Coral experts convene to battle mystery disease – Keys News

STEVE GITTINGS/NOAA
A brain coral at Alligator Reef off Islamorada shows signs of a disease that threatens about half the coral species on the Florida Reef Tract. Experts convene in Key Largo this week to review options. 

STEVE GITTINGS/NOAA
A mind coral at Alligator Reef off Islamorada exhibits indicators of a disease that threatens about half the coral species on the Florida Reef Tract. Experts convene in Key Largo this week to assessment choices. 

KEY LARGO — More than 40 coral reef specialists are anticipated in Key Largo this week, however not for the diving.

The multi-agency group goals to spend three days sharing details about the continuing “white plague” coral disease that threatens half of the coral species on the Florida Keys reef.

“It’s bringing together folks doing experiments, both in the field and the laboratory, with an emphasis on understanding what caused the disease, the factors responsible for its spread, and what we can do about it,” mentioned Andy Bruckner, a coral specialist now working as analysis coordinator for the Florida Keys National Marine Sanctuary.

The disease, first recognized off Miami in 2014, usually assaults giant boulder corals that kind the premise of the 360-mile-long Florida Reef Tract.

“We’re focusing on some of the highest priority corals that are really, really important to building productive reef structure,” Bruckner mentioned. “Large corals are vital. The greater they get, the extra they contribute to offering extra offspring for future generations.

“There are a lot of challenges trying to treat diseased coral in the field, which means in the water. You have to be really careful. You can’t just dump chlorine or antiseptics in the water because of the impacts on all the other organisms.”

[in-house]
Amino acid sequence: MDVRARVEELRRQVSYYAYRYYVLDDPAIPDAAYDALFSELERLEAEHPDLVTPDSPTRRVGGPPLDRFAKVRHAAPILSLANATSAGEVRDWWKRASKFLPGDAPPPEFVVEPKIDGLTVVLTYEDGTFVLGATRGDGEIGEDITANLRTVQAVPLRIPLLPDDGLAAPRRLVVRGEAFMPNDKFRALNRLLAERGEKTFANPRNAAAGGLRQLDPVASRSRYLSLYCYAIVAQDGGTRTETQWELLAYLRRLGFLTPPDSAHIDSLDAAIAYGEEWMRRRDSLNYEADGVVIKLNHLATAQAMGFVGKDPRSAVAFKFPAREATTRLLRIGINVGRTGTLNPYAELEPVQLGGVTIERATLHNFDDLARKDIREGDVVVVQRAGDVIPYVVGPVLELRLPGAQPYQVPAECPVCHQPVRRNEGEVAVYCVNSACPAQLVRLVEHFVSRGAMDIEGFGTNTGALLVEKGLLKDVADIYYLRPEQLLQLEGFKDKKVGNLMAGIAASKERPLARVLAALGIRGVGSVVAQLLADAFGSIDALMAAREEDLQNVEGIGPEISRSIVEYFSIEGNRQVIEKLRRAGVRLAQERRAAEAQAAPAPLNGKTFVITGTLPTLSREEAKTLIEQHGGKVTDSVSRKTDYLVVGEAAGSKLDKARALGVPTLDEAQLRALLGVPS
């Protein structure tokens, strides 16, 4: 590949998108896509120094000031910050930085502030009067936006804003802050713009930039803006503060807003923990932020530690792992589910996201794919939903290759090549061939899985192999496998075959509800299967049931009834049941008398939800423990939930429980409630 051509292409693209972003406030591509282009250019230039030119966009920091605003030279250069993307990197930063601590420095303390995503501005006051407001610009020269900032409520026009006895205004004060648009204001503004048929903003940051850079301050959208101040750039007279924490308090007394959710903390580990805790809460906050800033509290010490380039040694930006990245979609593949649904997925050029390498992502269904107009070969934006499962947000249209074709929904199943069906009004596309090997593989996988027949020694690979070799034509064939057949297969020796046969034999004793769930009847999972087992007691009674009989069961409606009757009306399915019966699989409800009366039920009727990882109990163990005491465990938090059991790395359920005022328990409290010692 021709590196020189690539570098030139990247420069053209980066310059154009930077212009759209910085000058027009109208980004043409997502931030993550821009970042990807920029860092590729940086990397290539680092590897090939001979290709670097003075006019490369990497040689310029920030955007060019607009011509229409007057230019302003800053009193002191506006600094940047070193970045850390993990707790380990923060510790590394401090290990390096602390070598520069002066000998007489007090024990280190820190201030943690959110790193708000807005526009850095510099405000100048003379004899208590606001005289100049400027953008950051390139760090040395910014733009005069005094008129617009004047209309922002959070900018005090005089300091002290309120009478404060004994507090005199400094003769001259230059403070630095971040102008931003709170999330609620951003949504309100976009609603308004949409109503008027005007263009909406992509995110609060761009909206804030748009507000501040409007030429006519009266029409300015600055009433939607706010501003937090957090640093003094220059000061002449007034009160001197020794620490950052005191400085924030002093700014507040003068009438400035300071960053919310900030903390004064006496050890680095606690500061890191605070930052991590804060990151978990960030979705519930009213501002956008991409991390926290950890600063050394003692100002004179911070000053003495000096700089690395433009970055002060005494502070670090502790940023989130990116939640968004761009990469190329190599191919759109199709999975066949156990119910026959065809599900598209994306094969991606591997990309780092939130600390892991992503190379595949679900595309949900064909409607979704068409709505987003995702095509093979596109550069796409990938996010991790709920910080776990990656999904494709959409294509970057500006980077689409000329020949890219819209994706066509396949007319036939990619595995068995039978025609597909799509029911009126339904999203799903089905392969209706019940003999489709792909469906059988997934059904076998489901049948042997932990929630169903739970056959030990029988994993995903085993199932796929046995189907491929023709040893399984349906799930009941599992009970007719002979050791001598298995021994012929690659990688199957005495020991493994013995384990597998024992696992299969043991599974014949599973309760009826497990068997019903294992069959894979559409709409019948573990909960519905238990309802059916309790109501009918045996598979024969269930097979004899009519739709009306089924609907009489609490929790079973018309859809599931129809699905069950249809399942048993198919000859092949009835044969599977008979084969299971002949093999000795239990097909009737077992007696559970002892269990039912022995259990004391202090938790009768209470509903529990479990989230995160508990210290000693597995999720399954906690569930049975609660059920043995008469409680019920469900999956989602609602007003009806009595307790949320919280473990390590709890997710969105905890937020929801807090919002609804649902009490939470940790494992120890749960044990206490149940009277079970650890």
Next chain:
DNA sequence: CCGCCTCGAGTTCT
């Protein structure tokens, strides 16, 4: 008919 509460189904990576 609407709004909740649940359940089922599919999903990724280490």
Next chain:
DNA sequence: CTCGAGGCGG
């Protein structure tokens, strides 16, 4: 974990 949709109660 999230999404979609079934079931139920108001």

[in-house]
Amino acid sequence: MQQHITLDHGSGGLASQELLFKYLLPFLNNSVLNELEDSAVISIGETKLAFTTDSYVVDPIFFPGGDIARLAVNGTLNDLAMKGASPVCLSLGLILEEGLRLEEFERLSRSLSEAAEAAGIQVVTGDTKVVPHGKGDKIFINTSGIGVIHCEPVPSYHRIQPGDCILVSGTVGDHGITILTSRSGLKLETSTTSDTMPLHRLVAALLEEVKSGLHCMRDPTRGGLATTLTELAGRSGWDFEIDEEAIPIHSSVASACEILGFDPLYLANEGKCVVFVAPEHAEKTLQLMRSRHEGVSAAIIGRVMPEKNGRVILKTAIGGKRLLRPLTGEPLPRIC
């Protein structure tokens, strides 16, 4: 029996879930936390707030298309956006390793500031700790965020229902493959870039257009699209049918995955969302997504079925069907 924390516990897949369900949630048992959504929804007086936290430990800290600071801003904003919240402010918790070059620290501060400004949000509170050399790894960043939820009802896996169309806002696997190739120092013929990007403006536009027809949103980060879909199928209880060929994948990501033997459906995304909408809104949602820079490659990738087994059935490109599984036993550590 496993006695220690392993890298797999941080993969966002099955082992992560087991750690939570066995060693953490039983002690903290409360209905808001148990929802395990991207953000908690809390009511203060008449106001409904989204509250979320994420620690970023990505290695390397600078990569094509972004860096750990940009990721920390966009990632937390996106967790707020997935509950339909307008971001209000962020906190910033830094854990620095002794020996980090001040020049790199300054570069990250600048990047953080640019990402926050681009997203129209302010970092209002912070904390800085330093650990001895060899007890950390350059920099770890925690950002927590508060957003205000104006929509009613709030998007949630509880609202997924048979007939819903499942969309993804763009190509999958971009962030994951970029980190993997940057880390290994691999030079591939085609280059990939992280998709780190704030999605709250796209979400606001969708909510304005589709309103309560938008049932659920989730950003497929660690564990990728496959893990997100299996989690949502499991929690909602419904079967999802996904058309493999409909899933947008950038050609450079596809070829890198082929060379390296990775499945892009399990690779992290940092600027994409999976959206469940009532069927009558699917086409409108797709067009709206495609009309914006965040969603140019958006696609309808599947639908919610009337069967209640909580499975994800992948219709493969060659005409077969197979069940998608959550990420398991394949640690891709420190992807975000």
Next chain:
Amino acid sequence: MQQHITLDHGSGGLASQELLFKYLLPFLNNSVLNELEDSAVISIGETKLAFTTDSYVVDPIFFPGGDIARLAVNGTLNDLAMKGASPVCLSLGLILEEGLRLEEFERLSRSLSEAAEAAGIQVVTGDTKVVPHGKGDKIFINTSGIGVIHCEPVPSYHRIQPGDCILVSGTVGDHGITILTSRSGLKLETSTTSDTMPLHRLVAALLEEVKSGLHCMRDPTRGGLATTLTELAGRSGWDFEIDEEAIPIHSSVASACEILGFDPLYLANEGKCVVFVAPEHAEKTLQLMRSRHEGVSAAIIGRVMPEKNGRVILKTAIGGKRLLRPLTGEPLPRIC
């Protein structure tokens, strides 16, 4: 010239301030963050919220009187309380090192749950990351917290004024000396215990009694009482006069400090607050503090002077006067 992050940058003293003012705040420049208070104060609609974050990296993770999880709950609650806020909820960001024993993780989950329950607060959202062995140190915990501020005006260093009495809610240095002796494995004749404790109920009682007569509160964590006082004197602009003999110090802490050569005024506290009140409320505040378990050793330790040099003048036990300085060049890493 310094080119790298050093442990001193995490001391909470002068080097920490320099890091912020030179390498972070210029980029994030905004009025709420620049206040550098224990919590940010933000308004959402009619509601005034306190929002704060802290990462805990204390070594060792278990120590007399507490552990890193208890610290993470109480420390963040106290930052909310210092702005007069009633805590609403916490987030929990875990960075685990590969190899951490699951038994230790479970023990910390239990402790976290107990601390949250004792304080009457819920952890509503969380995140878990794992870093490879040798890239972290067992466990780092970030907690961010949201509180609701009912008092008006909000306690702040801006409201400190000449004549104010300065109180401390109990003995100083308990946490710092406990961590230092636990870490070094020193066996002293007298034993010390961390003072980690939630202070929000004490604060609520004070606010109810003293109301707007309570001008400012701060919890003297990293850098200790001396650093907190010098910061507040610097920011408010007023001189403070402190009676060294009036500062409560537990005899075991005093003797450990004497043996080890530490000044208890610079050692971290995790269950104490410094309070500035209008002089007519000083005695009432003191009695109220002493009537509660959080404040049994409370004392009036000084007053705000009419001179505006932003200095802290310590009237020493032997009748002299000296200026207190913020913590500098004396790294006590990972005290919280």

Treatment methods being examined embrace mixing chlorine with epoxy, then making use of the paste to the discernible fringe of the an infection so it sticks on a coral head. 

“In some cases, it’s been pretty effective,” Bruckner mentioned.

How the disease originated stays a mystery. It might be a response to water circumstances or a altering local weather that triggered an imbalance within the pure mixture of micro organism that reside with corals. 

“Maybe when the water gets too hot, the ‘bad’ bacteria outcompetes the ‘good’ bacteria and becomes dominant, triggering an outbreak,” Bruckner mentioned.

The present menace to corals “is severe and it has spread quite a bit,” he mentioned, “but it’s important to remember that we’re not losing everything. Certain corals don’t get the disease at all.”

Some of the bigger boulder corals which have been affected have proven indicators of pure restoration. 

“Corals are animals. Sometimes they get sick, then survive and start to repopulate,” Bruckner mentioned.

Boulder corals “smaller than a basketball” are extra prone to a whole collapse, he mentioned.

Pioneering coral-nursery efforts by Florida Keys experts with the Coral Restoration Foundation and Mote Marine Laboratory give researchers hope for rebuilding different coral species, Bruckner mentioned.

U.S. Sen. Bill Nelson, D-Fla., in February started urging federal companies to take extra motion to save the state’s residing reef that pulls “over 16 million visitors each year [and] estimated to bring in over $6 billion of revenues to the state.”

“I’m glad interagency meetings are getting underway, but what folks in the community want to know is what action plan exists to combat the mysterious coral disease,” Nelson mentioned in a Friday electronic mail.

In addition to the host marine sanctuary, a number of marine companies inside the National Oceanic and Atmospheric Administration will participate within the three-day workshop, together with the National Park Service.

The Florida Department of Environmental Protection, the Florida Fish and Wildlife Conservation Commission and its analysis arm will participate.

Others on the invitation checklist embrace workers with Keys Marine Lab, Mote Marine, The National Conservancy, the Florida Aquarium and several other universities.

The workshop on the Key Largo Holiday Inn shouldn’t be open to the general public. 

“It will be highly technical,” mentioned a sanctuary spokeswoman. 

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